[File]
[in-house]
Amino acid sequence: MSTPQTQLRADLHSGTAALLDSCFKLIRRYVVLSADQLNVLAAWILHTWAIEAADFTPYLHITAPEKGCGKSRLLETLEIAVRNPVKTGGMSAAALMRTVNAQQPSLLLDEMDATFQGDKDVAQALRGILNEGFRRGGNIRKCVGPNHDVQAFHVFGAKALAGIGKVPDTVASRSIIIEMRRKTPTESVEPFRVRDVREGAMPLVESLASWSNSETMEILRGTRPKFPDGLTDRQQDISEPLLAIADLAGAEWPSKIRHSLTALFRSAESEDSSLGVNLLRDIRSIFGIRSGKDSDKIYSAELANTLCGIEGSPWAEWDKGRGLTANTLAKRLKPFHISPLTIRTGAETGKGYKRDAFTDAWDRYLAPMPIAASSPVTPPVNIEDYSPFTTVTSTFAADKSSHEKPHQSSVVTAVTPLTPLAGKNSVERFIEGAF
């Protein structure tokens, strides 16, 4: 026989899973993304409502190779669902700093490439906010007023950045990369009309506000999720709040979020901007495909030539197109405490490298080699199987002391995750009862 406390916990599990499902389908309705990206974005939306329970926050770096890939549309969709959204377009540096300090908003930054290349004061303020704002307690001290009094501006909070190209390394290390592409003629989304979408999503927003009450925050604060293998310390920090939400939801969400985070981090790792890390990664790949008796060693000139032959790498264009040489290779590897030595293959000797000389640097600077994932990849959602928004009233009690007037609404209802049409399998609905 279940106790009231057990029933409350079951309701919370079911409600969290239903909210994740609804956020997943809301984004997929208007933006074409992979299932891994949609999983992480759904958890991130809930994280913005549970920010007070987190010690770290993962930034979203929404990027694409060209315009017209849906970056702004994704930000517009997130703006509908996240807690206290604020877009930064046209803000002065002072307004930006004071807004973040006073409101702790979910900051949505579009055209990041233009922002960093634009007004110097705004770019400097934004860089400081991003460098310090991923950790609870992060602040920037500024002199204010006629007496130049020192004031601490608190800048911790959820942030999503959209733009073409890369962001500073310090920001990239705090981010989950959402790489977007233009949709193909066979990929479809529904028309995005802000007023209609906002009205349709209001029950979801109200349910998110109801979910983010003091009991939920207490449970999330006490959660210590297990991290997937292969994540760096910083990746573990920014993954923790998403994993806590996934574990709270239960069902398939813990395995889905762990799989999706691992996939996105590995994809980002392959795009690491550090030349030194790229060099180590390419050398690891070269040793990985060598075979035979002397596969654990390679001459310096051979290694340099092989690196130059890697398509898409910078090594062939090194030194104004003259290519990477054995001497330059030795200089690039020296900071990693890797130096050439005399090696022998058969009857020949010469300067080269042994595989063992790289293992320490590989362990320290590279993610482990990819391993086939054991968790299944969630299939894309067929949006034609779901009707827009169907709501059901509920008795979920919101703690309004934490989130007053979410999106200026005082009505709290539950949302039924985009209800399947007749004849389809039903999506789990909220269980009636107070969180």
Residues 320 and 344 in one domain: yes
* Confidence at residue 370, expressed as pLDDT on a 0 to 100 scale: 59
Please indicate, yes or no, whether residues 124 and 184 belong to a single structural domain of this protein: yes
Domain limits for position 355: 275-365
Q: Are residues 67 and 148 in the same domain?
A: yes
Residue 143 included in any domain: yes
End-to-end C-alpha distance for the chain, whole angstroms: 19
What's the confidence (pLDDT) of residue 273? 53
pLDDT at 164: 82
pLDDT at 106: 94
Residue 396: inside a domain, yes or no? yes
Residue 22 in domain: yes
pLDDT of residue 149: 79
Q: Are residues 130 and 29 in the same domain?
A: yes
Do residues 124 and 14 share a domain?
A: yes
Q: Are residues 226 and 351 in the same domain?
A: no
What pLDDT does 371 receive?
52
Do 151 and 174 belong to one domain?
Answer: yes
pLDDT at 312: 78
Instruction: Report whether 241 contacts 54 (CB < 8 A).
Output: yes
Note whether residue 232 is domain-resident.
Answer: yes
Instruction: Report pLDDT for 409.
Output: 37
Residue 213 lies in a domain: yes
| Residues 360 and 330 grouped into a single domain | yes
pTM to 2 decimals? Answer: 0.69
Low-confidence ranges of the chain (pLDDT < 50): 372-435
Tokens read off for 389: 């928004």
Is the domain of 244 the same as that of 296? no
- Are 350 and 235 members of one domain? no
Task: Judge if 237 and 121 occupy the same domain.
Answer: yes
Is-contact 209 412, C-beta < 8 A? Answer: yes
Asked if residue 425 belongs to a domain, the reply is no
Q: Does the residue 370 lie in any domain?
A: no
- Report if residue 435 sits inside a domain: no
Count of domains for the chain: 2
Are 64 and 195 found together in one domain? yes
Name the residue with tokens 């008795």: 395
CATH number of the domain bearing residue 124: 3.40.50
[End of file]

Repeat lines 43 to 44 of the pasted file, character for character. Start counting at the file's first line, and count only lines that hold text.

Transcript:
Answer: yes
Is-contact 209 412, C-beta < 8 A? Answer: yes